Phineas feels Phillip shifting about, trying to sit up, and quickly turns, placing a hand on Phillip's chest to stop him. He feels sleep-warmed skin clothed in soft, fine cotton, and stretched taut over firm muscle, against his palm. "You needn't worry about that." His smile is soft. Sincere. The only kind of smile that he knows how to offer his dearest business partner, his Phillip, anymore. "Sleep. You can barely keep your eyes open, as it is."

Phillip complies with little fuss, lidded eyes falling closed, verifying Phineas's assessment. He begins to blindly fumble about for the blankets, and Phineas assists him, gathering both blankets and the quilt in his hands as Phillip, without any instruction, intuitively draws his legs in toward his body.

It occurs to Phineas, then, as he spies moonlight reflecting off of the surface of Phillip's dress shoes, that Phillip is still fully clothed. "Hold on just a second," he murmurs.

Phillip hums indulgently, his long black eyelashes fluttering against his cheeks like the gentle wingbeats of an idling butterfly.

Slowly, Phineas sets the blankets down and approaches Phillip. Ever so carefully, he begins relieving Phillip of first his scarf and over and waistcoats, then his tie, and finally, his shoes. Phillip's eyes seem to glow as he regards Phineas, as if harnessing the light of the moon for the express purpose of enhancing Phillip's beauty to unearthly levels.

When Phineas has slipped Phillip's shoes off and set them on the floor, he realizes that his hands are trembling just enough for it to be noticeable, and his throat is tight, the lump within it obvious. "There," he says, just to fill the silence. To give himself something other than Phillip, warm, relaxed, pliant and achingly beautiful, to focus on. "That's much better, isn't it?"

Phillip's lips twitch into an attempt at his signature bitingly sardonic smirk. It's softened by his half-asleep state, and the unmistakable affection in his gaze. "How kind of you to consider someone else's comfort, for once."

Phineas smiles, a fond chuckle at the back of his throat. "It's still the enemy of progress."

"And, you're still ridiculous."

He is, isn't he?

Taking the quilt and blankets into his hands, once more, Phineas pulls them up and drapes them neatly, with the same amount of care he would show Caroline, Helen, and Charity, over Phillip as Phillip lies on his side, stretching his legs out beneath his newly acquired source of warmth, and nestling his cheek into the pillows.

He's vulnerable, unguarded in a way that Phineas has never seen him, before. Even when intoxicated, Phillip dutifully maintains his internal walls, the old saying, in vino veritas, seemingly non-applicable to him. Right now, however, the melancholy that forever darkens his features is absent, just as it had been the previous evening- his smile wide and luminous as Phineas caught his eye during the show; as Phillip dashed into the center ring with sure-footed, buoyed steps to boisterous cheers and thunderous applause. It has been replaced by fatigue-inspired tranquility, and a soft, bleary-eyed stare from those glowing azure eyes that sends a spiked current of unbridled want ripping through Phineas's chest.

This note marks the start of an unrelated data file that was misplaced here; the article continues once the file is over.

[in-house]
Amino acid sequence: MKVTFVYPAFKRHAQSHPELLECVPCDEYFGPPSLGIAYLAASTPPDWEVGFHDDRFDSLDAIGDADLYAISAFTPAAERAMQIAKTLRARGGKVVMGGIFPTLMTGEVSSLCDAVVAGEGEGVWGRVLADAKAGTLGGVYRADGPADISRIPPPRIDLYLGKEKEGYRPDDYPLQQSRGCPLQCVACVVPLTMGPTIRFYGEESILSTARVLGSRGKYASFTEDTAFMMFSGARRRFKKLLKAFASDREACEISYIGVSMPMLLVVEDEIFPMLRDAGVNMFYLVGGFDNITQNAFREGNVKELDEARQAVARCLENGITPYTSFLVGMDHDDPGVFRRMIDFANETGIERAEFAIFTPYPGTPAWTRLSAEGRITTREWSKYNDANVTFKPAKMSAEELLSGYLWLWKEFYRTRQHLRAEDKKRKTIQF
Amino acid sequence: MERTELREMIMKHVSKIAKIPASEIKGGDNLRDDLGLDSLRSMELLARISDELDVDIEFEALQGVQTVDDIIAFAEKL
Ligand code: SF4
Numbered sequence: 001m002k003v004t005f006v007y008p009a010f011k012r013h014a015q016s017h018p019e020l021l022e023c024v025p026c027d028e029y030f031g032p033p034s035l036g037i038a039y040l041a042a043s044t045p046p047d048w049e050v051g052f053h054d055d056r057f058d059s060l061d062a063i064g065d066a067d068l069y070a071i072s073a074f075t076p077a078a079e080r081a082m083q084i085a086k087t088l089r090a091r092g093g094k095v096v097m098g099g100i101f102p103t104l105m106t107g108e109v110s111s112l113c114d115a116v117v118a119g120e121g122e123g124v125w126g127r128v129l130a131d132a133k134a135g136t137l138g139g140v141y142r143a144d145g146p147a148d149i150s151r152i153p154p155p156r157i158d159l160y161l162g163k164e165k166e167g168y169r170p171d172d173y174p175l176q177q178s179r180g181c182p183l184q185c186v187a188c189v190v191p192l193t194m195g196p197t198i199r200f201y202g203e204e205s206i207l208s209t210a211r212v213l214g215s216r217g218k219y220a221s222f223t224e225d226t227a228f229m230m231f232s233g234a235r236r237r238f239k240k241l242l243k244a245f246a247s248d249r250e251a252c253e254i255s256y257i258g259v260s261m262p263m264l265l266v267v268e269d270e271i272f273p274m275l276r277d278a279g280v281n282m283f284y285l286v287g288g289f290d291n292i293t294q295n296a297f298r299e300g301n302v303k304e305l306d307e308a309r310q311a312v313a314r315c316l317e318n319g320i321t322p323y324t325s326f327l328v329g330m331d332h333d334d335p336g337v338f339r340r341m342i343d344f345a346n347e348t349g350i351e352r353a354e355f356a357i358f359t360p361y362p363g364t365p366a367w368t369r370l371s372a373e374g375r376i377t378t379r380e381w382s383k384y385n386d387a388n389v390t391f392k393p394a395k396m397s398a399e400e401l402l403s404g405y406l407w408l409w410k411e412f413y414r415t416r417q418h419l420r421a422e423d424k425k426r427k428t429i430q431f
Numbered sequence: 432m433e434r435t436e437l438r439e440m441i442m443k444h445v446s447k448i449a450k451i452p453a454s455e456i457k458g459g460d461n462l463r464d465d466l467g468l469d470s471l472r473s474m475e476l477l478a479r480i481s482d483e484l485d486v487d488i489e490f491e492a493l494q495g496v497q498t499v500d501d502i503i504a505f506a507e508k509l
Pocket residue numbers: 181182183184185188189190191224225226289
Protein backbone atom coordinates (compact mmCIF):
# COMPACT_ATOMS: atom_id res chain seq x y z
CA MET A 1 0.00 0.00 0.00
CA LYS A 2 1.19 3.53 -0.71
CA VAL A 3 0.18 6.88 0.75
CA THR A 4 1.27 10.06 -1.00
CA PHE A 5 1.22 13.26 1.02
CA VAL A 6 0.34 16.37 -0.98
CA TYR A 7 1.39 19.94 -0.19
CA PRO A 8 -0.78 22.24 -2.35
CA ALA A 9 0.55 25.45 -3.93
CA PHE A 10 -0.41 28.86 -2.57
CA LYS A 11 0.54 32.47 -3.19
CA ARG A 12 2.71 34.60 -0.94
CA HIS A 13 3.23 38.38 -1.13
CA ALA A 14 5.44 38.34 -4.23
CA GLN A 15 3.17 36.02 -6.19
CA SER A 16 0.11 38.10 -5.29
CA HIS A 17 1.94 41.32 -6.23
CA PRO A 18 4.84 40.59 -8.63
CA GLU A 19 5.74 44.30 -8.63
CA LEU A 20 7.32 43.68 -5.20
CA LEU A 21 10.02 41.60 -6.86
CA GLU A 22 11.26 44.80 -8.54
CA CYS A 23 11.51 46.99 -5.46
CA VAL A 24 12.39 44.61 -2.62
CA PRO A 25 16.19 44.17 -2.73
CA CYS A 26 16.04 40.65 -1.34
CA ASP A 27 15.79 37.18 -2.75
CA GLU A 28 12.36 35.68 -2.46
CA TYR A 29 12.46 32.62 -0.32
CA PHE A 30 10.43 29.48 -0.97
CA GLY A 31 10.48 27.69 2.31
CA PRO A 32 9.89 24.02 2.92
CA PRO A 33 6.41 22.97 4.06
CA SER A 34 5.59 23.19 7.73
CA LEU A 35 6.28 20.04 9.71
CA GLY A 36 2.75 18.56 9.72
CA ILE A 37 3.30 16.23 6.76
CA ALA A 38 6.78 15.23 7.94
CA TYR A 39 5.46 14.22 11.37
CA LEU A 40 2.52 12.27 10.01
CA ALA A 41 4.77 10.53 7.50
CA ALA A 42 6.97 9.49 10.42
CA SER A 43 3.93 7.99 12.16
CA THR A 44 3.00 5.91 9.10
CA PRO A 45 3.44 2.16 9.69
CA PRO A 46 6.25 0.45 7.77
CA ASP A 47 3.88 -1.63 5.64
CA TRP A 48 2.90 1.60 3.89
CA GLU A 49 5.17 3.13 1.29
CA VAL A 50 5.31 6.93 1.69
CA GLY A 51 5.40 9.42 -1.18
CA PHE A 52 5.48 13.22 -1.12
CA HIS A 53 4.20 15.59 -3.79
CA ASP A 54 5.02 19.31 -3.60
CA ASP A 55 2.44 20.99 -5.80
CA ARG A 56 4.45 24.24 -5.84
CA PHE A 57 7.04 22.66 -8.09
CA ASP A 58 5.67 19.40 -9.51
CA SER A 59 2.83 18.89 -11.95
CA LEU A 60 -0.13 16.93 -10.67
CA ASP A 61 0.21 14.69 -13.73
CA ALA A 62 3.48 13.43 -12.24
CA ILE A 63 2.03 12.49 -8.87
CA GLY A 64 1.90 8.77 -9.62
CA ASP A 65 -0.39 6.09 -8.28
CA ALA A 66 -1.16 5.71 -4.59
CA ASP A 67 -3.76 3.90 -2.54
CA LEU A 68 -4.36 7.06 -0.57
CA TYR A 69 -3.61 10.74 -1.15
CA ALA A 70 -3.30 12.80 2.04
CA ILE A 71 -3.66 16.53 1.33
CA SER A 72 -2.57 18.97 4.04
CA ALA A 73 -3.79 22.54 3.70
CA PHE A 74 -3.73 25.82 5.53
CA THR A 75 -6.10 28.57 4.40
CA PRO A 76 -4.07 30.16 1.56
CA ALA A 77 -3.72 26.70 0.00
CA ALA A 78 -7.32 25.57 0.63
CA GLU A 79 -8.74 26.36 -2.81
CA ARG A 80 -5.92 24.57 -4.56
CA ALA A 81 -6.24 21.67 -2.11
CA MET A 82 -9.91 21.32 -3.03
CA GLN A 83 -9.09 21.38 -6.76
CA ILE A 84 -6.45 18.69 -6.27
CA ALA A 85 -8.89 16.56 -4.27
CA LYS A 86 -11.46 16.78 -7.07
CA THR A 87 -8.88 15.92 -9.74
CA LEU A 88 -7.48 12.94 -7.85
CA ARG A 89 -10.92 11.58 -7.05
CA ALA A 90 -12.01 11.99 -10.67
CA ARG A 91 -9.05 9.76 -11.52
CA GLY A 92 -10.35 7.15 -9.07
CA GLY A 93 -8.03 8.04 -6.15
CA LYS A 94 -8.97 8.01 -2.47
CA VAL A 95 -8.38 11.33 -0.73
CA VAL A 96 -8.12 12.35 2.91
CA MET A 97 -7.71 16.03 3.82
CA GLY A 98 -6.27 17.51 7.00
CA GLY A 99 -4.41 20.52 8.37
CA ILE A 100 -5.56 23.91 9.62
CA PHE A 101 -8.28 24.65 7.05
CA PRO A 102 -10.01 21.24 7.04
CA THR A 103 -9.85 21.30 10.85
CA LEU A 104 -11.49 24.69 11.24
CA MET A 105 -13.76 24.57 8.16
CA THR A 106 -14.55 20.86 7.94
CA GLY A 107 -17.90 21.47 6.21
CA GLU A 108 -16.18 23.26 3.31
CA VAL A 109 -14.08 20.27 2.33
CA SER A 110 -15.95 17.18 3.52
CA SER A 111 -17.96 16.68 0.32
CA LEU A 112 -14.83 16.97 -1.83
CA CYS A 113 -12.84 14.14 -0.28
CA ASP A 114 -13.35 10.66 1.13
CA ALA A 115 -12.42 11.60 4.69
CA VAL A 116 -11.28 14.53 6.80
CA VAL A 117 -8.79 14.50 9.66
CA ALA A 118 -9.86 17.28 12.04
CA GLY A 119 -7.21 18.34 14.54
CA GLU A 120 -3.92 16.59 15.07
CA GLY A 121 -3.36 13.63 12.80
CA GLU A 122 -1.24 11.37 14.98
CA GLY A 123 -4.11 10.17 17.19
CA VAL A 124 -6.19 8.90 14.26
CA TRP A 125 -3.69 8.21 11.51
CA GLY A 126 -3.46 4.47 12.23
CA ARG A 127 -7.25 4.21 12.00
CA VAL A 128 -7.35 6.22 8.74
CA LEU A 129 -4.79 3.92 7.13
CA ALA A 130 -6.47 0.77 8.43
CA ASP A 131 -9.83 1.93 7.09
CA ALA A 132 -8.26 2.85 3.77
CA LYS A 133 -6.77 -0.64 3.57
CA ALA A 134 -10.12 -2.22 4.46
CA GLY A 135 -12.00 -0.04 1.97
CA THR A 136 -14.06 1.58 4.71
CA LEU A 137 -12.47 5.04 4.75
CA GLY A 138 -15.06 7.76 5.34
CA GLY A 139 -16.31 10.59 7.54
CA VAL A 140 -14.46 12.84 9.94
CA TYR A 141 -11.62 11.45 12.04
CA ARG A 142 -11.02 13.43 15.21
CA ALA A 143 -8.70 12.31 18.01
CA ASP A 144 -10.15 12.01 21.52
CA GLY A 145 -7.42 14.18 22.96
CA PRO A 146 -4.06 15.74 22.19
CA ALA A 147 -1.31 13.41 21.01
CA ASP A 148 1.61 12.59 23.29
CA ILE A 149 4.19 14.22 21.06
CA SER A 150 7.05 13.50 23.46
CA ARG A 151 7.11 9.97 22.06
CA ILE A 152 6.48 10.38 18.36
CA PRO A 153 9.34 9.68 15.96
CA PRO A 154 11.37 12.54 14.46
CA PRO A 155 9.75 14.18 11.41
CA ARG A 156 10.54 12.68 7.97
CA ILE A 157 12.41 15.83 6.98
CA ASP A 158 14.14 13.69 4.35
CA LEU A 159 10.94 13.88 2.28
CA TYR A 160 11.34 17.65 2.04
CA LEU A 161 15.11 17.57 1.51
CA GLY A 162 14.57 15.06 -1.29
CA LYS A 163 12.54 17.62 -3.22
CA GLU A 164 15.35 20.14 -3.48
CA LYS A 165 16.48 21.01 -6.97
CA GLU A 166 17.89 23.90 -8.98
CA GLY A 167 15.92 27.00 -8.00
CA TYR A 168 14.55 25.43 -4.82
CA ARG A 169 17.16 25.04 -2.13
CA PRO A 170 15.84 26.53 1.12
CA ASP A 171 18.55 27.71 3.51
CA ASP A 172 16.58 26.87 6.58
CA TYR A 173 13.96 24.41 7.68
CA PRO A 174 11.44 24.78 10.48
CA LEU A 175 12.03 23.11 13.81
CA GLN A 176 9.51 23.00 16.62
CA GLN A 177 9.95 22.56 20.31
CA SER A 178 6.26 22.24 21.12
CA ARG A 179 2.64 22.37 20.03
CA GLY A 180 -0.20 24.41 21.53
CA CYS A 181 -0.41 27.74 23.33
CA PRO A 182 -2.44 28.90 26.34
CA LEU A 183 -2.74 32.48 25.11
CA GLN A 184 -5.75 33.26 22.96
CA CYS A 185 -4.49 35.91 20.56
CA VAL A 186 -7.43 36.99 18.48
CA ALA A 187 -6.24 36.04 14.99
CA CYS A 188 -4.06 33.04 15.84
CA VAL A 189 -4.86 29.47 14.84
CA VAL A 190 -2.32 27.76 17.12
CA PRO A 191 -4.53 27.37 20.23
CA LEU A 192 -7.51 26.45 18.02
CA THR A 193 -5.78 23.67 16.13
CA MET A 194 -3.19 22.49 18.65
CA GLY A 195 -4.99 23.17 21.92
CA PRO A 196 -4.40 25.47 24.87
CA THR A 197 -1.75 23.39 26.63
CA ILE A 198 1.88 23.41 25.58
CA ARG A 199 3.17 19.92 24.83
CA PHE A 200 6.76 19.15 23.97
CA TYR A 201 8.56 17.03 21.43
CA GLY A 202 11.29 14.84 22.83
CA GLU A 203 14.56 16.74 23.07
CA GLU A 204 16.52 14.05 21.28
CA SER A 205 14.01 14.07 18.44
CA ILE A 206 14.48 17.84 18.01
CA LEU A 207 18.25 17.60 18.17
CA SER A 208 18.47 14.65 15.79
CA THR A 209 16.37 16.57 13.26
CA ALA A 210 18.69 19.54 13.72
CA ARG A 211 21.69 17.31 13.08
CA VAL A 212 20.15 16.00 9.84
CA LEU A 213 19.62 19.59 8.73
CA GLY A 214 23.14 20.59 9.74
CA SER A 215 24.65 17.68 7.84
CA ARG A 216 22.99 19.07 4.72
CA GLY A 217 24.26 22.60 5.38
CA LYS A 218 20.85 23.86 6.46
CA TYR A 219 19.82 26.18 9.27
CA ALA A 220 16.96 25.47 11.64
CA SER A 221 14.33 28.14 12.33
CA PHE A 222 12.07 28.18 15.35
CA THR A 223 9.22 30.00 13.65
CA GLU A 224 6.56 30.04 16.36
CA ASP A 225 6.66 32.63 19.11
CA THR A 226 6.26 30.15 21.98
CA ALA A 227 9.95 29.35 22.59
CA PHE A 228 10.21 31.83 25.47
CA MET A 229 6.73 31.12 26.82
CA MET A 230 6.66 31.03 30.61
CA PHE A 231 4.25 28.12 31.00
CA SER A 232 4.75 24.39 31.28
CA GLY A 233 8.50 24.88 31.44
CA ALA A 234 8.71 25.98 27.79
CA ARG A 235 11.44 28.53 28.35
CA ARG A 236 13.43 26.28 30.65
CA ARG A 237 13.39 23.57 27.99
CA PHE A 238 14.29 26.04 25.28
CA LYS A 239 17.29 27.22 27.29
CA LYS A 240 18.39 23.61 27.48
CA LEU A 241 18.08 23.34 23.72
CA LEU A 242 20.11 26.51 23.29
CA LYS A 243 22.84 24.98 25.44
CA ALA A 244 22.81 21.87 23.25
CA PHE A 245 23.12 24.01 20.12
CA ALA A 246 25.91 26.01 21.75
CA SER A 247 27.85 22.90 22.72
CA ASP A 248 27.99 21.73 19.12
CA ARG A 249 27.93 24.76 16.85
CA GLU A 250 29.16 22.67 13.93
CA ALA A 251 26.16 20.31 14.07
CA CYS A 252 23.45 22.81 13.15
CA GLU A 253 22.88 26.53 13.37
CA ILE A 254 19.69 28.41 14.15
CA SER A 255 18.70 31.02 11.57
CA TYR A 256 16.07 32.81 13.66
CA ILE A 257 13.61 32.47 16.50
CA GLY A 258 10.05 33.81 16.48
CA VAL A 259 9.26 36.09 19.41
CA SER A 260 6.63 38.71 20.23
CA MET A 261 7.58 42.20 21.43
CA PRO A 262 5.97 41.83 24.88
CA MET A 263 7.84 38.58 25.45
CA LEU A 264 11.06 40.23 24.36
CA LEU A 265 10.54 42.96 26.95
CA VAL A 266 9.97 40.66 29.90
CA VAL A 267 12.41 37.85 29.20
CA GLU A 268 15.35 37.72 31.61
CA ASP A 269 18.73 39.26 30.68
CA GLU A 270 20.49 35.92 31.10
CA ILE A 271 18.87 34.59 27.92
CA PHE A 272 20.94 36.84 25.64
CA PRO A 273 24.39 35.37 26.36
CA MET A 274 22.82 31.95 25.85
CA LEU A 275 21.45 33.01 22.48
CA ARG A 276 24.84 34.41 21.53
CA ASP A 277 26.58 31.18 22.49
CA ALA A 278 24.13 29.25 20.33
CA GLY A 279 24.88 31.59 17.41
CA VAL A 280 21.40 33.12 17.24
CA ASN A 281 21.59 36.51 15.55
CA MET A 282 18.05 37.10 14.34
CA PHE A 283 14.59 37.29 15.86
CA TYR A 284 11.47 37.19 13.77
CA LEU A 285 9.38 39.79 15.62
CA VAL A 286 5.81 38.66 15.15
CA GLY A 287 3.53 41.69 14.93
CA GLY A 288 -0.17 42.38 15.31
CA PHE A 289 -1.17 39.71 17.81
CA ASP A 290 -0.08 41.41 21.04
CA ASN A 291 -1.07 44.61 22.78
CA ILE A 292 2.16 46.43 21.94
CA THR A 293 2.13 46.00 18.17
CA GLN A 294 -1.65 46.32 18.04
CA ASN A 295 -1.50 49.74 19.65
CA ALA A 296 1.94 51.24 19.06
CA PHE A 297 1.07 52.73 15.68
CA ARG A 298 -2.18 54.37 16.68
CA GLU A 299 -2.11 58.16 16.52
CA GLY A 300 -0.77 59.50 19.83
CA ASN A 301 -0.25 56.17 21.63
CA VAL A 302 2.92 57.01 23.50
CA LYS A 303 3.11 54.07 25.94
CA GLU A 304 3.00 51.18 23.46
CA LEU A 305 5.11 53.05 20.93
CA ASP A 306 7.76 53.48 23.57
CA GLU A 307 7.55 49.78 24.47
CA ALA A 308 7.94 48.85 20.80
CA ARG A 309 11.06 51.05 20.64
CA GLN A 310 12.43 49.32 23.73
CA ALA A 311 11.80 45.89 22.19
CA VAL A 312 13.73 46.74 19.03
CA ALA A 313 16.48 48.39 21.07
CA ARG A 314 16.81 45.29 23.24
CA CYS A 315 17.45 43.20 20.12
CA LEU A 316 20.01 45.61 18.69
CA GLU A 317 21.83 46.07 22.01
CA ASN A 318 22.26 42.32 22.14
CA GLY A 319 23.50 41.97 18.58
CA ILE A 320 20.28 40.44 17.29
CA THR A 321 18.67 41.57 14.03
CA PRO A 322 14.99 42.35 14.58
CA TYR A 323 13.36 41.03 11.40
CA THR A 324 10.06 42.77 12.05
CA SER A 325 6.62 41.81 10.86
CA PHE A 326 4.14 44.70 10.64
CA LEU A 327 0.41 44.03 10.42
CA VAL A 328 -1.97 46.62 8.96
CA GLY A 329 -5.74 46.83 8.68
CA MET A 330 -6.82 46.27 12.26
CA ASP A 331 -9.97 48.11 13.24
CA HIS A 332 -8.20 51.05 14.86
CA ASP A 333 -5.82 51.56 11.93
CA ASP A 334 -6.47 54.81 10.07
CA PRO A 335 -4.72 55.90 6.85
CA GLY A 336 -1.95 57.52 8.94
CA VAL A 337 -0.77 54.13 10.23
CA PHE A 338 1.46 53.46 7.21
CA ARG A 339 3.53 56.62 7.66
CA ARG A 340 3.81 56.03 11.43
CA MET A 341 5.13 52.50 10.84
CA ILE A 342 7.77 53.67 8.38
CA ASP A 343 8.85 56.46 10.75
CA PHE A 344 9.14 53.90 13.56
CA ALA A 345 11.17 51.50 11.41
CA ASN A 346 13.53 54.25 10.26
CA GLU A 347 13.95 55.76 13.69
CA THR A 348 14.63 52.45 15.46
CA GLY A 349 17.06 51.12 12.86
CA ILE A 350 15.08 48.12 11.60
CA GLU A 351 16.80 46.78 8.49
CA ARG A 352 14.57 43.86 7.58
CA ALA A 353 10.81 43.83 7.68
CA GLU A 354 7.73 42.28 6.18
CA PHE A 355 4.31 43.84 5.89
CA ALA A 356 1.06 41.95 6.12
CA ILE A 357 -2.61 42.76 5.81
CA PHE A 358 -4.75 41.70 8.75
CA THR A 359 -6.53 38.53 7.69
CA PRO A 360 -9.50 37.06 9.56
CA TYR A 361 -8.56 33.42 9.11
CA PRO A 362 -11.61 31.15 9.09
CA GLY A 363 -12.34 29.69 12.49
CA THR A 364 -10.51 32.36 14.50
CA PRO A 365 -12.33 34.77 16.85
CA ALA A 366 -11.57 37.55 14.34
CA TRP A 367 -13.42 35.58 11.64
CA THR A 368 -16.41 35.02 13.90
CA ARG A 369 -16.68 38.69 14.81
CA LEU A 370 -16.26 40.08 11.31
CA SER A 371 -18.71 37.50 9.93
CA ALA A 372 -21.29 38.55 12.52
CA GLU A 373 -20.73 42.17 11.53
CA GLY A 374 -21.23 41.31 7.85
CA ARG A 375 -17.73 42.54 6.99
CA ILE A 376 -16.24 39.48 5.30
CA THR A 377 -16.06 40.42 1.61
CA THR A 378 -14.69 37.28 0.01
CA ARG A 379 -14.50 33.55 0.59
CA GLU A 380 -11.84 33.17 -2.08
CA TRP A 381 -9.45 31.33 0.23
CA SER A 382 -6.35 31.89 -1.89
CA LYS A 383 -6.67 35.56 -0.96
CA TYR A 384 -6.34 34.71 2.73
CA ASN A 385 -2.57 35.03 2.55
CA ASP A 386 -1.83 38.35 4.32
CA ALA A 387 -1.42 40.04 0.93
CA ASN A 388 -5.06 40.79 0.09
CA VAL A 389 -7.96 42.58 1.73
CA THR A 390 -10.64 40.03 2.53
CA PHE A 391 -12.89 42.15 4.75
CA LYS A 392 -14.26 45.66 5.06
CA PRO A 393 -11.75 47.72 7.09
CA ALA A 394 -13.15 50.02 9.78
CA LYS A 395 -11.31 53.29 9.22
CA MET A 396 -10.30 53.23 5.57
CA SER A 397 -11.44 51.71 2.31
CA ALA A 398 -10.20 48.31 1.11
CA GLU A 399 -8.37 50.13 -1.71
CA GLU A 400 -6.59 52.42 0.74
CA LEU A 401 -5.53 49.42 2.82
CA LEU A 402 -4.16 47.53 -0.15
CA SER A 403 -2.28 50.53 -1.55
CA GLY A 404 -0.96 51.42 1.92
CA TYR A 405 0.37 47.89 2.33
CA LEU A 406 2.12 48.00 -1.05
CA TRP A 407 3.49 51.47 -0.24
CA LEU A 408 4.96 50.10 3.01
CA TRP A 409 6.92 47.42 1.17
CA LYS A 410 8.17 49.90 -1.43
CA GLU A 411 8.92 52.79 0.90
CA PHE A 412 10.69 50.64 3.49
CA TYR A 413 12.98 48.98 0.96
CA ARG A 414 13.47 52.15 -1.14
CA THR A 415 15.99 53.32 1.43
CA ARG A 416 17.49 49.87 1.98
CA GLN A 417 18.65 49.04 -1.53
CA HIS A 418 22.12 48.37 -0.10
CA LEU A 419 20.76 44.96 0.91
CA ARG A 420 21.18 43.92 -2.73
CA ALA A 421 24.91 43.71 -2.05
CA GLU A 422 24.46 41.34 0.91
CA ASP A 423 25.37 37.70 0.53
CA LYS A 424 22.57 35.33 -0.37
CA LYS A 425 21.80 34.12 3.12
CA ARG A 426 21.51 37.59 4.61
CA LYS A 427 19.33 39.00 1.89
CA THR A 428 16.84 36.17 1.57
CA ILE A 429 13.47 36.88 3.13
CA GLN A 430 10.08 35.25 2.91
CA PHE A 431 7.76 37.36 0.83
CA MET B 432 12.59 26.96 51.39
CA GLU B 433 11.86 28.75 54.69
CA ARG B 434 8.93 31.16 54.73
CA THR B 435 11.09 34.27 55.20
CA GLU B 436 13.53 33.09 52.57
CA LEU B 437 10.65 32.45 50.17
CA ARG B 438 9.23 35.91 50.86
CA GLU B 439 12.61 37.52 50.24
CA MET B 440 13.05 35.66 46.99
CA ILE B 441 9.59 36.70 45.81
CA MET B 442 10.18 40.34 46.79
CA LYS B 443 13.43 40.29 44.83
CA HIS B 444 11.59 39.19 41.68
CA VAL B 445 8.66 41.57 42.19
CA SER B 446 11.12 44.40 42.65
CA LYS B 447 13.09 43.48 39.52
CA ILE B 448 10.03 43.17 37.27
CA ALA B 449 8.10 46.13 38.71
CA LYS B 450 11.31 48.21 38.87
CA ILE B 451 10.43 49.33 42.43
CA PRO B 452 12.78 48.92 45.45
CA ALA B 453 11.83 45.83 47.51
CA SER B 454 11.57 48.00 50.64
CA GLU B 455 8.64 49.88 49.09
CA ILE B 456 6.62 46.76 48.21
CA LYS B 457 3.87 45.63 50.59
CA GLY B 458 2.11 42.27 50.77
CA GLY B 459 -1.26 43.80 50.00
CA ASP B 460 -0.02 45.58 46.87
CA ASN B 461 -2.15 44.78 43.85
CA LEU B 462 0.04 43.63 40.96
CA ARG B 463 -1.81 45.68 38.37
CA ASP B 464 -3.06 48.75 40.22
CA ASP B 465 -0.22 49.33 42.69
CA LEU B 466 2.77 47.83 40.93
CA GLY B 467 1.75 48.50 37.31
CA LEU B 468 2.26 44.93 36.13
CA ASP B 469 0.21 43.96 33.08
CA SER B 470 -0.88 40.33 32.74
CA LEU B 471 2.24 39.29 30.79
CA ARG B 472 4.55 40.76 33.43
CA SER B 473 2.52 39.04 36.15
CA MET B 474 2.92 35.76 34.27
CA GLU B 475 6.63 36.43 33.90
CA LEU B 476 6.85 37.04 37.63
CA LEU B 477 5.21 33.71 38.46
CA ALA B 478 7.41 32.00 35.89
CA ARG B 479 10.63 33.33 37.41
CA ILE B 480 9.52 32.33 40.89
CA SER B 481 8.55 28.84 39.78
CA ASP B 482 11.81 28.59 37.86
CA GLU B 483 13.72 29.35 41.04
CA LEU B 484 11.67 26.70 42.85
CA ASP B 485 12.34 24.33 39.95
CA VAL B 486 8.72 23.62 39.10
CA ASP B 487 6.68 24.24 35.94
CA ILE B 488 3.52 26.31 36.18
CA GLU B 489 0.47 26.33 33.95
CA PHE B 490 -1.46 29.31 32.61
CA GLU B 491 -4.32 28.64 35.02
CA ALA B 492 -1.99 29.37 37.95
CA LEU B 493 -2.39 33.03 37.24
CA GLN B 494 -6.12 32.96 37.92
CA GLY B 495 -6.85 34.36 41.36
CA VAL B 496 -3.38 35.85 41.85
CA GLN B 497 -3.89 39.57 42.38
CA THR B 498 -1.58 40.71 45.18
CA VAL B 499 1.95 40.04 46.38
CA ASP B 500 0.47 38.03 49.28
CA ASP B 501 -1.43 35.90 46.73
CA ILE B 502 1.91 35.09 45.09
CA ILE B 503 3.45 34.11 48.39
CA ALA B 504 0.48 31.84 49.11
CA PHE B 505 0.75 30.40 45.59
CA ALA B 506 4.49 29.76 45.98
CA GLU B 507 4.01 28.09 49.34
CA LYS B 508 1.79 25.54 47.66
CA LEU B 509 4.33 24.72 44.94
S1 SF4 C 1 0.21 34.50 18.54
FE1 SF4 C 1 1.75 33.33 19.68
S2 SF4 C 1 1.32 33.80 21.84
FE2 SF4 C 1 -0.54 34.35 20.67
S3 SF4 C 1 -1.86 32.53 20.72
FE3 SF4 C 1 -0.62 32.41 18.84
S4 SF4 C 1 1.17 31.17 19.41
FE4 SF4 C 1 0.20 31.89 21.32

"Good night," he bids Phillip with some effort, his voice little more than a rough whisper.

Already on the cusp of slipping back into slumber, Phillip responds softly, adopting a dramatic lilt, "Alas. Parting is such sweet sorrow, that I shall say 'good night' till it be morrow".

Phineas has enough perfunctory knowledge of the art form he derided to recognize the reply as a quotation from Shakespeare's mind and pen. Unless, of course, one were to believe the rumors that the renowned playwright employed the aid of a ghostwriter.

Phineas manages a chuckle at the predictability of his own former playwright, and brushes a kiss to Phillip's brow, then, with a last glance at his partner, whose dangerously captivating eyes are closed, his body relaxing into the embrace of sleep on a long, steady exhale, Phineas forces himself to leave the room; every pulsing beat of his heart urging him to stay.

Not like with Jenny. Jenny, who he mislead. Who he fled from when he realized the depth of his error.

Phillip was right. Charity was right.

He did not love Jenny Lind, yet he made the mistake of choosing her.

And, his hubris nearly cost him everything.

"Is everything all right with Phillip?" Charity asks when he rejoins her at last. The soft, silvery tones of her voice are a balm on his heart, cooling and soothing the instant they're applied. She's sitting on their bed with her right leg drawn into her chest, and it reminds Phineas of Phillip, mere moments ago.

Walls down, gaze soft, eyes glowing, strands of hair beginning to fall out of their immaculate style.

Warm, safe, and alive in his arms.

His heart gives another pang, and he cannot tell if it's from want, guilt, or a potent cocktail of both.